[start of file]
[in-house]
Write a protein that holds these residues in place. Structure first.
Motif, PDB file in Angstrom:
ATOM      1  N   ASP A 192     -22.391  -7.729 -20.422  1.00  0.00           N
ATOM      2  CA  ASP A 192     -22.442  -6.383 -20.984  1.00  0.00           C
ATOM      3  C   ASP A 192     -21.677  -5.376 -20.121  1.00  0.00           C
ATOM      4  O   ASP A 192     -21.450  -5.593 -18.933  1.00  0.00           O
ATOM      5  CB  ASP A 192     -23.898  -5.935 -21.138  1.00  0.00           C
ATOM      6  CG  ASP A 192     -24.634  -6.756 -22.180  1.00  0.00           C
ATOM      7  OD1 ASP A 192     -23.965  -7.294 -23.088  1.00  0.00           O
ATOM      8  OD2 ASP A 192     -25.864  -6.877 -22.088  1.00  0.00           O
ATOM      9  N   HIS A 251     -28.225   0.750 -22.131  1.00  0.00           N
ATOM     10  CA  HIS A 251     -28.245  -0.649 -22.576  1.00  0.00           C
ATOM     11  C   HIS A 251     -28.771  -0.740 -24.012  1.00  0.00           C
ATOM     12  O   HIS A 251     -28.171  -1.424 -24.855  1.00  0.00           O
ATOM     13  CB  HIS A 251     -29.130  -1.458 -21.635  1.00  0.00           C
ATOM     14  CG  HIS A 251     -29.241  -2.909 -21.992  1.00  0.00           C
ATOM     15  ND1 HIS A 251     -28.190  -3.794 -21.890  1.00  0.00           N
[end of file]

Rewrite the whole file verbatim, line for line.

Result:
[in-house]
Write a protein that holds these residues in place. Structure first.
Motif, PDB file in Angstrom:
ATOM      1  N   ASP A 192     -22.391  -7.729 -20.422  1.00  0.00           N
ATOM      2  CA  ASP A 192     -22.442  -6.383 -20.984  1.00  0.00           C
ATOM      3  C   ASP A 192     -21.677  -5.376 -20.121  1.00  0.00           C
ATOM      4  O   ASP A 192     -21.450  -5.593 -18.933  1.00  0.00           O
ATOM      5  CB  ASP A 192     -23.898  -5.935 -21.138  1.00  0.00           C
ATOM      6  CG  ASP A 192     -24.634  -6.756 -22.180  1.00  0.00           C
ATOM      7  OD1 ASP A 192     -23.965  -7.294 -23.088  1.00  0.00           O
ATOM      8  OD2 ASP A 192     -25.864  -6.877 -22.088  1.00  0.00           O
ATOM      9  N   HIS A 251     -28.225   0.750 -22.131  1.00  0.00           N
ATOM     10  CA  HIS A 251     -28.245  -0.649 -22.576  1.00  0.00           C
ATOM     11  C   HIS A 251     -28.771  -0.740 -24.012  1.00  0.00           C
ATOM     12  O   HIS A 251     -28.171  -1.424 -24.855  1.00  0.00           O
ATOM     13  CB  HIS A 251     -29.130  -1.458 -21.635  1.00  0.00           C
ATOM     14  CG  HIS A 251     -29.241  -2.909 -21.992  1.00  0.00           C
ATOM     15  ND1 HIS A 251     -28.190  -3.794 -21.890  1.00  0.00           N